Self Sustainable Living Australia
Self sustainable living australia evokes images of communes, yurts and 1970’s hippies. But the movement to embrace an ethic of earthly independence dates back to at least the latter part of the 19th century. Its practitioners have included anarchists, suffragists and Catholic agrarians.
Bakker’s two decades of high-concept sustainability projects came to a head with his 2020 build of Future Food System in central Melbourne. The off-grid building produces all its own power, food and cooking gas.
Crystal Waters Community
In the heart of sub-tropical Queensland, north of Brisbane lies Crystal Waters Community. The ecovillage is home to 200 permanent residents living on 83 freehold plots and running a multitude of environmental-orientated businesses. Its goal is to prove that a self sustainable or permaculture village is possible. While the community does not screen applicants or have a particular political or religious identity, it does have by-laws that ensure that decisions made affect all members of the community.
It also emphasizes the need for sustainable building and energy, with a high degree of integration with the land and local ecosystems. For example, lots are chosen to allow for winter sunlight access, sufficient area to absorb septic effluent, and other factors. The community also has its own body corporate and a publication called the Owner’s Manual, which outlines detailed guidelines for development and provides ideas for living lightly on the earth. The ecovillage also encourages solar passive design and regenerative forestry and has a strong focus on social interaction.
A self sustainable lifestyle may conjure up images of communes, yurts or 1970s hippies, but the idea of going “back to nature” has been around for a long time. During the latter part of the 19th century, back-to-the-land pioneers included anarchists dreaming of communal Utopia and suffragists looking for employment opportunities for urban women. They were joined by Catholic agrarians who nurtured the soul and the soil, and a grassroots collection of organic farmers urging people to revere the power of Mother Earth. These strove to make the most of capricious natural elements and economic fluctuations, while spreading the message that life is inextricably linked to nature and the land. Their efforts inspired a generation of social pioneers. They even established the first feminist library in Victoria, called Liberty Hall.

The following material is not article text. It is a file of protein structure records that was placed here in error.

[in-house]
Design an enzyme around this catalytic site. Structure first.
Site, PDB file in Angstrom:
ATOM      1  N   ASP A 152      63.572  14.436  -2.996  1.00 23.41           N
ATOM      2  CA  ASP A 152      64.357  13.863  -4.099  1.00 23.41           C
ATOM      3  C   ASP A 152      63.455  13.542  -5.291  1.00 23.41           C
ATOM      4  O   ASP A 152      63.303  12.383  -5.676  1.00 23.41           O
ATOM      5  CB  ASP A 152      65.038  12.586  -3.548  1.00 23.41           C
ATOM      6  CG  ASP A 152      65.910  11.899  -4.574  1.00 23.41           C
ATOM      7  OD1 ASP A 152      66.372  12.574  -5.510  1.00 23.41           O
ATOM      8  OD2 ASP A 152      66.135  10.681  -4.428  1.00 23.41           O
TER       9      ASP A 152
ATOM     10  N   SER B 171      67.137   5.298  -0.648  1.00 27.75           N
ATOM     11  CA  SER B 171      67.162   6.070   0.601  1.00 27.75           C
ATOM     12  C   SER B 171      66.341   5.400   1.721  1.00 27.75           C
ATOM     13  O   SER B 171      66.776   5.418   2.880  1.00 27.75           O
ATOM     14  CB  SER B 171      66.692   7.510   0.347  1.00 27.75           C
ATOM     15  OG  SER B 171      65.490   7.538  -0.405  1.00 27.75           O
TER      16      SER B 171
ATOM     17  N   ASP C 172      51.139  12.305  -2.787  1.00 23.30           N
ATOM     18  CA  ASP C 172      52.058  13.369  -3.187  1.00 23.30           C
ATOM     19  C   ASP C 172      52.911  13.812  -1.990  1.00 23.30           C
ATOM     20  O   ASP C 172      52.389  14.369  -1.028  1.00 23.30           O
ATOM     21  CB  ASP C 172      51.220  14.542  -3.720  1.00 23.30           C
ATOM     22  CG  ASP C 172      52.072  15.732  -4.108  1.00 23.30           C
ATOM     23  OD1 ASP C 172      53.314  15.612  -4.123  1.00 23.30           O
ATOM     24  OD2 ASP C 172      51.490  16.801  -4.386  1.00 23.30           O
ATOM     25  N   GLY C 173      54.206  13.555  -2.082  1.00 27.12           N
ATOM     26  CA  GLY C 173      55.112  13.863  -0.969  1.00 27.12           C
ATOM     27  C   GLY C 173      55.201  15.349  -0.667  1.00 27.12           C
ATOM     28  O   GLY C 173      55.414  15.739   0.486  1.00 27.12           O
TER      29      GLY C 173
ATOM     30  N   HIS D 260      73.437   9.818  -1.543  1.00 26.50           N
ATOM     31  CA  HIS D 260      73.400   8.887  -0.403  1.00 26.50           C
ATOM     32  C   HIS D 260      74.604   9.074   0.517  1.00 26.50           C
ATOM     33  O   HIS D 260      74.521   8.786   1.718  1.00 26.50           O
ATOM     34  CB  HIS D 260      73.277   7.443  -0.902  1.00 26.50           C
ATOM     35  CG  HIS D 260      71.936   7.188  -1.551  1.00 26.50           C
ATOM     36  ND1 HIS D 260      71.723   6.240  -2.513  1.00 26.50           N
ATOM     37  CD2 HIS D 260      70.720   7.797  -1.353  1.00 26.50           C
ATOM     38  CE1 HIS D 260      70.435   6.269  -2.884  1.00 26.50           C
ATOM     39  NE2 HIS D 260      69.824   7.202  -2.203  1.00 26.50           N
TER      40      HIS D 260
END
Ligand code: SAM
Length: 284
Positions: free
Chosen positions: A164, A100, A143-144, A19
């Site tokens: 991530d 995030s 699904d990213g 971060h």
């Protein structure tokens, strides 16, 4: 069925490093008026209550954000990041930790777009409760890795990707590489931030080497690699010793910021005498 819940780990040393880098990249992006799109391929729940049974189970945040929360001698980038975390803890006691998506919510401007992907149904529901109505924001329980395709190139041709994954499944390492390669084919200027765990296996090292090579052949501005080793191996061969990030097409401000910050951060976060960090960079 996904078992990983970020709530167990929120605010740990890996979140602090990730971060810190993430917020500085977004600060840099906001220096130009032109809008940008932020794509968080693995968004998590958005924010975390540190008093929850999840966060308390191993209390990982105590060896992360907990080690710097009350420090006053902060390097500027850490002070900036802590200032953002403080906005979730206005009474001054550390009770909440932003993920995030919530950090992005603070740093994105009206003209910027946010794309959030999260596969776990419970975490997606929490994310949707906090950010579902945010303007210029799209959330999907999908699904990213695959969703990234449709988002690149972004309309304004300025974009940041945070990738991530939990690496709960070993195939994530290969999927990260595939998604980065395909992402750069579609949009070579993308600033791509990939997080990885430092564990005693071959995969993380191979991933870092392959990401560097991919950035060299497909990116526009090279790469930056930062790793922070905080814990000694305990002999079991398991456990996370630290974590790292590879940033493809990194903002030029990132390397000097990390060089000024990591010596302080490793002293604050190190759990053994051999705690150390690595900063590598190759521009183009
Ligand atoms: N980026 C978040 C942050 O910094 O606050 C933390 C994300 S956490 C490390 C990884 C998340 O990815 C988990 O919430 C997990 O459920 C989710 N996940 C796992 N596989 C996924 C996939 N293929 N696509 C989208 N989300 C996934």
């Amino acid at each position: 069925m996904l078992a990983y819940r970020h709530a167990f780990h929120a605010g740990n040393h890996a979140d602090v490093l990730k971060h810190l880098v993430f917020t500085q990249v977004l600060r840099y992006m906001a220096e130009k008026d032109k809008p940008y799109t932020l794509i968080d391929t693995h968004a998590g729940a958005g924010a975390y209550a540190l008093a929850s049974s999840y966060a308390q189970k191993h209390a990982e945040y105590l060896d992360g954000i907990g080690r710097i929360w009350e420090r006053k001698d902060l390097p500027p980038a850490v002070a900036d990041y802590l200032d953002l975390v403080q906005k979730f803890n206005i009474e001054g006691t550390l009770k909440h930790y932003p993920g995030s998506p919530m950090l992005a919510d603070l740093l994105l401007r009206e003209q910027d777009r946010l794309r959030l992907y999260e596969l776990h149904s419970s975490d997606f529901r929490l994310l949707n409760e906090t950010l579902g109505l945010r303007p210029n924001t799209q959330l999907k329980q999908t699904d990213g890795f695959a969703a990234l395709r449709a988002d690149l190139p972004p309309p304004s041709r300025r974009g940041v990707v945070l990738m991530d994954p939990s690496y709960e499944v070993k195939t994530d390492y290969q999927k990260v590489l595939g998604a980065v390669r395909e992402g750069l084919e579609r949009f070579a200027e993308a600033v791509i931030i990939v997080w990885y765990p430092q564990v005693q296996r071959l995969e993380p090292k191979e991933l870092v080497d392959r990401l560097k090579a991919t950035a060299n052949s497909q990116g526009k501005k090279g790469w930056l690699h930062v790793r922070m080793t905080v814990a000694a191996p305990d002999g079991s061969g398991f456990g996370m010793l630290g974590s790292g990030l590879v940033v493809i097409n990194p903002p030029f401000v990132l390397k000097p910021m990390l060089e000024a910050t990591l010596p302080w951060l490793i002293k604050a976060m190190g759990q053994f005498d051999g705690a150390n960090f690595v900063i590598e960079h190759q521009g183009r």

Women’s Rural Industries Co-operative
Women play a crucial role in achieving sustainable development goals. They contribute to agricultural production, food security and nutrition, land and natural resource management and climate resilience. They also perform the bulk of unpaid care and domestic work in rural areas. This discussion highlighted the need to empower rural women and support their participation in cooperatives.
The first two members of the Women’s Rural Industries Co-operative were Cecelia Johns and Ina Higgins. Higgins was a landscape gardener who had trained at Burnley Horticultural College in Melbourne. She believed that large expanses of grass were unnecessary and used up too much water.
Johns was a poultry expert who had learned to raise chickens in Dandenong. She rented a block of land in Mordialloc under the Closer Settlement Scheme and began by teaching other women how to raise poultry. They also grew vegetables and cut flowers for sale. This was a very unusual idea at the time.
Liberty Hall is the home of SIPTU (Services, Industrial, Professional and Technical Union). It was designed by Desmond Rea O’Kelly, and was built between 1961 and 1965. It was for a time the tallest building in Ireland. The windows were originally fitted with non-reflective glass, but they were replaced after a UVF car bomb in 1972.
Self-sustainable living focuses on meeting your needs while minimizing your environmental impact. It requires a change in lifestyle habits, including choosing durable, eco-friendly products and reducing waste. It also encourages a shift away from fossil fuels, which reduces greenhouse gas emissions and minimizes the risk of water, air, and soil pollution.
A key aspect of self-sustainable living is saving seeds. This practice helps preserve heirloom and open-pollinated varieties, maintain genetic diversity, and reduce dependence on commercial seed sources. It is also an effective way to control costs and adapt crops to local growing conditions. To save seeds, allow a crop to ripen until it shows signs of natural decay and then separate the seeds from any pulp or flesh.